Despite a rapidly changing economy and a constantly evolving banking system, personal checks don’t look all that different from how they looked 50 years ago. They represent a system of trust and goodwill. Recently, though, they’ve been used to pull off some nasty scams.
The fake check scam has several variations, but all end with the victim losing thousands of dollars.
You’ll be asked to deposit a check or money order at a branch or through a mobile deposit worth several thousand dollars more than the amount you’re supposedly owed and then wire the difference to your contact.
Of course, these checks are completely phony. Unfortunately, the time it takes for a financial process a fake check, you may have already sent the requested amount to the scammer by the time you realize the check was fraudulent, it’s too late to reclaim your money. Worse yet, you’ll be responsible for paying the fee for the bounced check. If you didn’t have sufficient funds to pay the amount you sent to the scammers and relied on their check to cover the amount, you’d also need to reimburse the financial institution for that money.
Knowing which kinds of transactions are likely to be scams is important. If you come across any of the following, run the other way and don’t look back:
- You’re emailed or texted a code to deposit.
- You’re asked to wire money to a company you’re unfamiliar with.
- You’re given a check by a “buyer” that is made out for more than the item’s sale price.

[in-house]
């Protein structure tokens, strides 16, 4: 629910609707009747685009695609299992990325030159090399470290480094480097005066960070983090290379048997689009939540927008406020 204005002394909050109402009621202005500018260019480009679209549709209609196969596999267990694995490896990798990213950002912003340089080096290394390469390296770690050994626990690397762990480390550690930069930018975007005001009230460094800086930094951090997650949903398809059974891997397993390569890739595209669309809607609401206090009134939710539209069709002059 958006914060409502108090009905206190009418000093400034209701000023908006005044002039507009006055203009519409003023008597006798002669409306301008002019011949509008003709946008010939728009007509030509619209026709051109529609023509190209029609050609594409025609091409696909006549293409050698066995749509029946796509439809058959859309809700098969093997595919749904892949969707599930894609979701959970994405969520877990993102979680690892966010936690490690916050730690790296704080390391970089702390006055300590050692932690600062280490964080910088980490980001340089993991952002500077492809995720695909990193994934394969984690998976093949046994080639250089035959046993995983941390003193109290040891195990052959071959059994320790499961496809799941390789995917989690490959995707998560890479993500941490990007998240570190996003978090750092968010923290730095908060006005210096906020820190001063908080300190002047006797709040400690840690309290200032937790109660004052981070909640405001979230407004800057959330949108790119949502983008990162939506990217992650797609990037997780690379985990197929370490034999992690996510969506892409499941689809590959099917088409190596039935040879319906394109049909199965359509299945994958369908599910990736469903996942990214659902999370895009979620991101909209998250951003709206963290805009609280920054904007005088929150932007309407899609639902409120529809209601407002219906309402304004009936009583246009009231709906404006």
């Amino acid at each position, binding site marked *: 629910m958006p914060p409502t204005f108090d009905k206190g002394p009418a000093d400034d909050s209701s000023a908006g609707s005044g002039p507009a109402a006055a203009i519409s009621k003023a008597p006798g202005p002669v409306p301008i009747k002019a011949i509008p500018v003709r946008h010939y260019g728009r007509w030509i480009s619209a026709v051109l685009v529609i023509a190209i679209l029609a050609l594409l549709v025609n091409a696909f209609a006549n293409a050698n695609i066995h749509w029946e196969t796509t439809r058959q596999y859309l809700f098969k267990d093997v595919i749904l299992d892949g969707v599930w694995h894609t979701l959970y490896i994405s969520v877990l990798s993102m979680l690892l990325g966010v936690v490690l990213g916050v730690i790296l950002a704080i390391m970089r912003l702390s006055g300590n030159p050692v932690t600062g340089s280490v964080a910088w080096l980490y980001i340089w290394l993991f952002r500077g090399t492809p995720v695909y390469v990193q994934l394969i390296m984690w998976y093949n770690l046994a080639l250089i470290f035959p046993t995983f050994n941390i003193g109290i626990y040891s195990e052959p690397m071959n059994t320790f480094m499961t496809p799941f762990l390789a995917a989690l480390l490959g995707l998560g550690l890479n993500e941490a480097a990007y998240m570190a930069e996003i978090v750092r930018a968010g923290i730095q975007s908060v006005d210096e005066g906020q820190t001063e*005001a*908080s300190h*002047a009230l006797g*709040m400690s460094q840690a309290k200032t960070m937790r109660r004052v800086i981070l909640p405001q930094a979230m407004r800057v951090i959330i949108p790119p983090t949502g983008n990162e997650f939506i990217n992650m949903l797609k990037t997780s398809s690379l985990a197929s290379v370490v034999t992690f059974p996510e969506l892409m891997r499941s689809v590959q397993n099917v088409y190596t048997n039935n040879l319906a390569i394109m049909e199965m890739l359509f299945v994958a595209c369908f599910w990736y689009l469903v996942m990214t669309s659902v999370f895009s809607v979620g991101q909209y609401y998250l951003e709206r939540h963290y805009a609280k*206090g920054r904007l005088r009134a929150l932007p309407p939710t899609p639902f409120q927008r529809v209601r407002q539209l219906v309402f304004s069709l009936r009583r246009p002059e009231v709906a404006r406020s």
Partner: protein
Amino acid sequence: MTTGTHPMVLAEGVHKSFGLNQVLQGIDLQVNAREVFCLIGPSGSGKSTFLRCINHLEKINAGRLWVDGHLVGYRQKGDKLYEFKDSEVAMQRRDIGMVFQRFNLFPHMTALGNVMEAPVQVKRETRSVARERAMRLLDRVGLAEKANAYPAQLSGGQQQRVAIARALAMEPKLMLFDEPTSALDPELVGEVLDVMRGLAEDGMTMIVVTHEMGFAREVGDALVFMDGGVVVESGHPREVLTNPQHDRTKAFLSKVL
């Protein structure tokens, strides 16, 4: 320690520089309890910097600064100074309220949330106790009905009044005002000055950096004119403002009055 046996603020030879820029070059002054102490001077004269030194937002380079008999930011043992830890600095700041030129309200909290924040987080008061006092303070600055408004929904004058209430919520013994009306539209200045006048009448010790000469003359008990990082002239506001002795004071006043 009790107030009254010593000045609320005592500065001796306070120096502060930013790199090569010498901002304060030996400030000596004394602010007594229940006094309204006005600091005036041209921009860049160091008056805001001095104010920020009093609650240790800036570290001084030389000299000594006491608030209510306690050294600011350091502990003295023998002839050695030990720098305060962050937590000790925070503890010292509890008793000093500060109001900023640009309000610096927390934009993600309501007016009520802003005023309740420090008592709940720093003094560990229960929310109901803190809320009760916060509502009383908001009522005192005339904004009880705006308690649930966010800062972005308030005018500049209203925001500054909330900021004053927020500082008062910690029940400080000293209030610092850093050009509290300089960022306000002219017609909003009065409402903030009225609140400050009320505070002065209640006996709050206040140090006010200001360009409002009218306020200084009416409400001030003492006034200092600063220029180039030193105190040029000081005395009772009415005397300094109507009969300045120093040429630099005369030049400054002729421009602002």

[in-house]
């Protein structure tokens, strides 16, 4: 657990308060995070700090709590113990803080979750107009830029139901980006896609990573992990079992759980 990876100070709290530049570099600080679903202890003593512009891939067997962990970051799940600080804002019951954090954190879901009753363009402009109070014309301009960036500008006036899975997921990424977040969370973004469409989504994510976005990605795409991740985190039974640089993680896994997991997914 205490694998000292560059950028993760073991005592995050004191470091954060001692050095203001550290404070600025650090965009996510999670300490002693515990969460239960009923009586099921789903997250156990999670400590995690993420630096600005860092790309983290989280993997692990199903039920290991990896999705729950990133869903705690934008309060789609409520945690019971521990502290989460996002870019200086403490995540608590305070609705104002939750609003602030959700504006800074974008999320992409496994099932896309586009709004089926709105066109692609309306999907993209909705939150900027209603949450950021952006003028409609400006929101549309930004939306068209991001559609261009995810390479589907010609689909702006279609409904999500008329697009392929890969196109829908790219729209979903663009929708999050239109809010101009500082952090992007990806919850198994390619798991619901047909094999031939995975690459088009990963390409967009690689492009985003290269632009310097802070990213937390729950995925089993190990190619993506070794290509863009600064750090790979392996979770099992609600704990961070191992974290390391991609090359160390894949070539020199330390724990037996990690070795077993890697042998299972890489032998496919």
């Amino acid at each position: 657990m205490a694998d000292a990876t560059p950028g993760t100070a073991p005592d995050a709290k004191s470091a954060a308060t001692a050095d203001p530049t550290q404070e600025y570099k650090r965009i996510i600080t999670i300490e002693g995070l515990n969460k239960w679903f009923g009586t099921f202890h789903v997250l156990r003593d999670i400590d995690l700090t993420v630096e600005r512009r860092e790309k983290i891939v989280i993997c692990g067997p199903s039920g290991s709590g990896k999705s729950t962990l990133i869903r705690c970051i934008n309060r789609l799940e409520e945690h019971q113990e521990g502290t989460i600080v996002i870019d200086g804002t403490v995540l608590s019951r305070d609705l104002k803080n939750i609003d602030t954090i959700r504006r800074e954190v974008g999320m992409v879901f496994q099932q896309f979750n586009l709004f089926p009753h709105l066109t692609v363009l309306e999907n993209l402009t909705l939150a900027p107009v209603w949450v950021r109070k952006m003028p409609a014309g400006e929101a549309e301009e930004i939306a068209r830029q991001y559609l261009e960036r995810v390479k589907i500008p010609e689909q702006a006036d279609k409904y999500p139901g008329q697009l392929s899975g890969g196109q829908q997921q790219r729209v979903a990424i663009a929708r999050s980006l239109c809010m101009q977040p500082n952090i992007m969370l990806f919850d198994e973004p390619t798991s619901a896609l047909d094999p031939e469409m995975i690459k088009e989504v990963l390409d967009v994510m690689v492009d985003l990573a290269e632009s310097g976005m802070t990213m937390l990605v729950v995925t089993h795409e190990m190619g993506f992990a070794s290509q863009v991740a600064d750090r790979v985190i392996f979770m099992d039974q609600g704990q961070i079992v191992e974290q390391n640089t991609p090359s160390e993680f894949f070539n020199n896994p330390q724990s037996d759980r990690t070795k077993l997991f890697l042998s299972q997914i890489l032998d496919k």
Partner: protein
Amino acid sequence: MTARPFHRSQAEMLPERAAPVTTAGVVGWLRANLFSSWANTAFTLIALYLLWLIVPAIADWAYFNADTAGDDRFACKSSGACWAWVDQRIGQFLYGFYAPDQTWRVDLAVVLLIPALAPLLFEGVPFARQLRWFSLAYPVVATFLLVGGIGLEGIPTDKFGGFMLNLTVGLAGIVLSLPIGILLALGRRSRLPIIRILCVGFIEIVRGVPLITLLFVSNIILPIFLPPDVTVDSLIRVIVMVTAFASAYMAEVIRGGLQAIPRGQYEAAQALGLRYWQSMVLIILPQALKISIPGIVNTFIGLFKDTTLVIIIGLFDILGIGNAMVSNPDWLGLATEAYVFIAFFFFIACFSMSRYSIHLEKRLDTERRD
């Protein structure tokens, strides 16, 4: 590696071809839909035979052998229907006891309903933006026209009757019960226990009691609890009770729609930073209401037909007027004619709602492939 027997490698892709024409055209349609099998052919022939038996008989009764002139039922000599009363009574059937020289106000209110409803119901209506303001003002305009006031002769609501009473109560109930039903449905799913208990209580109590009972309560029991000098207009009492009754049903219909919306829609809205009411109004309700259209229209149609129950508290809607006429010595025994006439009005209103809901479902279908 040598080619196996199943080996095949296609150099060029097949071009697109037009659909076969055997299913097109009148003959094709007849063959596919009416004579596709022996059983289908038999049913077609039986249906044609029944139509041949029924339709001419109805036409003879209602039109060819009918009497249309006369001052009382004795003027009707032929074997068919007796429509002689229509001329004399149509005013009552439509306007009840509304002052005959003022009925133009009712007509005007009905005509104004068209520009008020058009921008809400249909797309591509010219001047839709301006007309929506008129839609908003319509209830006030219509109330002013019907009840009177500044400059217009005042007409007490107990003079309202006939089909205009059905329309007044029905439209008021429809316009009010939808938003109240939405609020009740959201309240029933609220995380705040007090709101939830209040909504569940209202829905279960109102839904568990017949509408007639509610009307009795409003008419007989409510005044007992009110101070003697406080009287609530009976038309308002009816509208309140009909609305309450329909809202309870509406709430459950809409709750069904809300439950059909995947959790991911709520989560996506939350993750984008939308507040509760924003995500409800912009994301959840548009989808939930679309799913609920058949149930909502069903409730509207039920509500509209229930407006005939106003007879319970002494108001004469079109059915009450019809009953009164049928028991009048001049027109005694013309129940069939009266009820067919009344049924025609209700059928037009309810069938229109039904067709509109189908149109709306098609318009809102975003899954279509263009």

- You’re given a check from a foreign bank you’ve never heard of.
- You’re asked to pay a fee to claim a “prize.”
Unfortunately, though, like all transactions that take place over the Internet, mobile banking has some inherent risks. Phishing scams targeting people over the phone can trick them into sharing login information with scammers who may hack into the account. Finally, bogus emails and messages appear to be from your credit union asking you to deposit or send money. Instances of online fraud may be climbing, but that doesn’t mean you need to give up the convenience of mobile banking.
- Brush up on your knowledge of scams. It’s important to keep yourself updated on the latest banking scams and to know how to recognize a scam if you’re targeted. Never answer a text or email that asks for your account details, even if it appears to be from your credit union. Finally, always be wary of unsolicited phone calls and banking alerts.
- Protect your phone. With the wealth of sensitive information, a smartphone should be protected just like a desktop and laptop computer. Be sure to lock your phone after using it, log out of the mobile banking app when you are done, and always keep your phone in a safe place.
If you believe you have received a suspicious email, text, or call asking you to send or receive money, please contact Member Services at 215-996-3700.